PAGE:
“I had forgotten him',' I said.
“And his son? Forgot him too?”
“His son? Oh, that wolf? Yes, I remember. He had bitten you.”
“Almost peeled away a piece of my flesh, the damn wretch! Here, look”, he showed me the mark of the wound on his right wrist. After that we began to talk of Allam. Many things I myself had remembered, some my friend reminded me of. One thing that I reminded him of was that Allam always wore a kafni of black cloth.
He sometimes used to come to my father, and if he found me playing near the gate, he would call out from a distance and say:
“Young Master, tell the deputy sahib Allam the rascal is present at your service.”
My father was not a deputy of any kind. He taught in the biggest school in the city. In accordance with the grandeur of the school, his lifestyle was in the manner of superior government officers and he always went out from the house in his personal carriage. That is why the people in our neighborhood, who mostly were of ordinary status and with little education, called him ‘Deputy Sahib’. When I would inform him of Allam’s arrival, he would come to the verandah to meet him and, sometimes standing in the verandah, while sometimes making him sit in an outer room, would talk to him for a long time. In our home too he would mention him and say that Allam was a friend of his boyhood and for some days had been his classmate as well. From him only did I find out that he was the son of a famous and well-respected religious family of the city, and was quite clever in his studies but had fallen into bad company. Defeated by his continual disobedience and insubordination, his father threw him out of the house, and then declared his disowning him. After this, his hooliganism kept increasing and now he usually would be seen along with a gang of the city’s notorious rascals. These were law-breaking men. Kidnapping women was their special job, and wrapped up in their conspiracies, sometimes Allam would also be imprisoned in the police lock-up. He would somehow or other send information of this to our place, and my father would get him released on bail. After getting out from the lock-up he would come straight to our place and, seeing me playing at the gate, would say that one same thing:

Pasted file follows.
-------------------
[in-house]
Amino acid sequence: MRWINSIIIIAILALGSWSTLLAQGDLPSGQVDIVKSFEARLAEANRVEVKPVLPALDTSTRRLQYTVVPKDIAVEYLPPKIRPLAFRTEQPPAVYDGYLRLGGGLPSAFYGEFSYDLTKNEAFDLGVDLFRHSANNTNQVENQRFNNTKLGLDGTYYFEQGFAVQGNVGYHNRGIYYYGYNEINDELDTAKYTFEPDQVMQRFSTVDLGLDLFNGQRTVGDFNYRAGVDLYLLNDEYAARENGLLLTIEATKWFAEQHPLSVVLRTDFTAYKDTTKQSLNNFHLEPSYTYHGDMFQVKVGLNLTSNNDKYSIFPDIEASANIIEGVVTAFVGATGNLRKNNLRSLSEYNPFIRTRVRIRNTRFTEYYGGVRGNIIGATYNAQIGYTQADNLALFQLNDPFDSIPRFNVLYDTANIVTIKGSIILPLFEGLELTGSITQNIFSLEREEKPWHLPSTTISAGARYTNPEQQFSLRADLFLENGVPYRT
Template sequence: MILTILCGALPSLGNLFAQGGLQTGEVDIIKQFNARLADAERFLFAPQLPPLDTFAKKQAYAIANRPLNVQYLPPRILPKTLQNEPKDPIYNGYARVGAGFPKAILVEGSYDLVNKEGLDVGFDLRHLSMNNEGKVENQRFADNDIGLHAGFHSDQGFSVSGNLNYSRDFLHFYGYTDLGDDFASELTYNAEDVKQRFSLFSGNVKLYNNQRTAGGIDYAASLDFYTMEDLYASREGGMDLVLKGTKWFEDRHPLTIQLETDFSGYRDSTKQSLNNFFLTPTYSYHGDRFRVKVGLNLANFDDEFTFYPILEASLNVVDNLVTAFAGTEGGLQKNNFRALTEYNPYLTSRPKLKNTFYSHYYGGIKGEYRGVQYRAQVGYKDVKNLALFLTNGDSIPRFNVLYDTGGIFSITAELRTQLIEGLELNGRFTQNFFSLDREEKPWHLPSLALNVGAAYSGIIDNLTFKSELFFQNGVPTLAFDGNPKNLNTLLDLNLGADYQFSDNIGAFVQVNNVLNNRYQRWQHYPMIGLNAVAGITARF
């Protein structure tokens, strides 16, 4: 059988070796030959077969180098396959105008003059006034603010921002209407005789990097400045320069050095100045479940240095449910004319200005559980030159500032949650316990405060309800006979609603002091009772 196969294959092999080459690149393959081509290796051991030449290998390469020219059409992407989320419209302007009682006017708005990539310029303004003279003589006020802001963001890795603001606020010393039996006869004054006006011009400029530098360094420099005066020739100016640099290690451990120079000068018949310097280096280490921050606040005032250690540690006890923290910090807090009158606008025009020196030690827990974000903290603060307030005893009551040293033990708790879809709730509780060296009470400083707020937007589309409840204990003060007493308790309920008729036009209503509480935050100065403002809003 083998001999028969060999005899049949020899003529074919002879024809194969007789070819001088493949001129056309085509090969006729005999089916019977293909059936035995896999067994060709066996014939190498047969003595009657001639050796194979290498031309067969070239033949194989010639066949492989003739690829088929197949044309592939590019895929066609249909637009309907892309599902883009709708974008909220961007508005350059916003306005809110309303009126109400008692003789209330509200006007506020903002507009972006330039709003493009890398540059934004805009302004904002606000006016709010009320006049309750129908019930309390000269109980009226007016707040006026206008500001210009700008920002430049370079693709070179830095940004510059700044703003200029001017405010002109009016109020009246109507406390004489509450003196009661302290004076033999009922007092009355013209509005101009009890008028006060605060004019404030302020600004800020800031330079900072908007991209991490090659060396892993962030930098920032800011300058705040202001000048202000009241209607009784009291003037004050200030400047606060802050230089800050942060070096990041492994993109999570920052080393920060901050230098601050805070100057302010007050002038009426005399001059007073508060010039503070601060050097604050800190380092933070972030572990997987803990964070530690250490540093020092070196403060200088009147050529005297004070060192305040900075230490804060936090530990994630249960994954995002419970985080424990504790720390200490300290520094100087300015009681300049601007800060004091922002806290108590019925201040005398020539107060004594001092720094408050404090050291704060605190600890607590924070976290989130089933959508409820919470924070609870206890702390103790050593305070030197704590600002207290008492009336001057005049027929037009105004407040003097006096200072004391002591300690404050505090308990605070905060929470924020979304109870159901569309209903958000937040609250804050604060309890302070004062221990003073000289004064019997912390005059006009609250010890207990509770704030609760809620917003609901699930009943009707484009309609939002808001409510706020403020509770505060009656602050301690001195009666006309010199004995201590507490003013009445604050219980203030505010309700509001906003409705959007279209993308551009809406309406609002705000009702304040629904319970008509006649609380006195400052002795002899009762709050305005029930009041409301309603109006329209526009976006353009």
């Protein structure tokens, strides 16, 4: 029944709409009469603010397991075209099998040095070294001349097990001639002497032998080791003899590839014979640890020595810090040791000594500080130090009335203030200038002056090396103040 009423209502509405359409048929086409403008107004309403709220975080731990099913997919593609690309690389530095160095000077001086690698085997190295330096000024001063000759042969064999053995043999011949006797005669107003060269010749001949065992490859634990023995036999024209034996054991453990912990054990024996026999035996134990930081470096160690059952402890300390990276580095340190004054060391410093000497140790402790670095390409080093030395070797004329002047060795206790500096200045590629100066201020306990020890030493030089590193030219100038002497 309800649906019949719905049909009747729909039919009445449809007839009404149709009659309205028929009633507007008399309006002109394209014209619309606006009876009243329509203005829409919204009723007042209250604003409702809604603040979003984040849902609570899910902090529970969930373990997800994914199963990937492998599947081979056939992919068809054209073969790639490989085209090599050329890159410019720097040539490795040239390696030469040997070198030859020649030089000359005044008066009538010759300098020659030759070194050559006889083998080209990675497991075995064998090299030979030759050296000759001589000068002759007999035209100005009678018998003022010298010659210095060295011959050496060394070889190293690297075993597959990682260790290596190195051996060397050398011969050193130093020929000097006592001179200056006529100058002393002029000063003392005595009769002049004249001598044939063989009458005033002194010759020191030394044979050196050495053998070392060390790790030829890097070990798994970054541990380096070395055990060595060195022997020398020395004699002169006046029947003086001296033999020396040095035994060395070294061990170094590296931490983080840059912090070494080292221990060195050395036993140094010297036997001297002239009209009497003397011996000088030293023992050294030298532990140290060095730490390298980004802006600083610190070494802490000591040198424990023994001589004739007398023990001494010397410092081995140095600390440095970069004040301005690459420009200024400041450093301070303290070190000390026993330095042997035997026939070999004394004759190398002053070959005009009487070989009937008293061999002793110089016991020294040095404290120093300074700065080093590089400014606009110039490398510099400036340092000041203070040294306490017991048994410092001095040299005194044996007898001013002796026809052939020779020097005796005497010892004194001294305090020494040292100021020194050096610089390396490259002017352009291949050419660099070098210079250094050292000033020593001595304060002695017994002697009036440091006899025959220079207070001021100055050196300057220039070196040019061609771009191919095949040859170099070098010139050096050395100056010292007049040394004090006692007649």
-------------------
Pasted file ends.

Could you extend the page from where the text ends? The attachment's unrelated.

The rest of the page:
“Young Master, tell the deputy sahib Allam the rascal is present at your service.”
But in appearance he did not look like a rascal. At least to me he merely seemed to be some mysterious man. His black kafni, black tehmet, and thick round black beard would not allow any surmise to be made about him, and in that state, he could have seemed like some harmless man, but in his hands he always kept a small hatchet. Over the hatchet’s blade a sheathing of black cloth was always covered. Probably no one had ever seen the blade uncovered, but this everyone knew, or understood, that the hatchet he kept close was for defence against the animals of the jungle, and from that only it became known to me that in the vicinity of my city there were jungles as well.
From those jungles he would catch many kinds of animals and bring them to the big bazaar. Maybe that itself was his profession. I would often see him standing at his regular spot, holding a rope tied to some dozing animal’s neck or waist, with people having formed a crowd around him. I would also enter into that crowd and stare at every animal with amazement. One day I saw a bijju with him, about whom it was famous that it would enter into fresh graves and feed on the flesh of the dead, which is why it was also called a qabr bijju.The hedgehog too I saw near Allam only, and found it smaller than I had imagined. Till that time, I had seen with the roadside medicine sellers only the quills of hedgehogs, which were used in magic charms and witchery. I saw near Allam many other animals as well, some among whom I had heard only the names of, some whose even names I had not heard, and some whose names even Allam himself did not know.
One day I saw him standing at his regular spot in this condition: a coil of rope was swung around his shoulders whose both ends were dangling over his chest, on his face and hands there were long-long scratches, the kafni too was torn in many places, and, with great enjoyment he was narrating that inside a dark cavern of the jungle he had sensed a slight footfall, and he fearlessly entered the cavern. He was trying to see in the darkness, when suddenly some animal pounced on him and, after scratching and mauling him, disappeared into one of the inner curves of the cavern.
“So I too took the path back home”, he said, stroking his hatchet, “but walking back I did tell him that ‘Uncle, today you got me, but I won’t leave you. I’ll come again and get you too. For now, go back to your hideout in peace.”
And sure enough, next week around him a greater crowd than ever before had gathered. From the chatter of the crowd I came to know that Allam had caught that animal. People were trying to identify the animal. I had attempted to enter the crowd but I was stopped; indeed, that day no child was being allowed to enter the crowd. Standing to one side, I was trying to guess the shape of the animal from the conversations of the people, but nothing could be known to me except that its paws were of a peculiar kind and like the other animals brought by Allam it too was dozing, and that it is a female. Suddenly, I heard cracked screams and people began falling over each other. In this stampede, Allam’s voice became loud and resonant:
I got so scared from that stampede, and even more than that from those beastly screams, that I ran straight back home.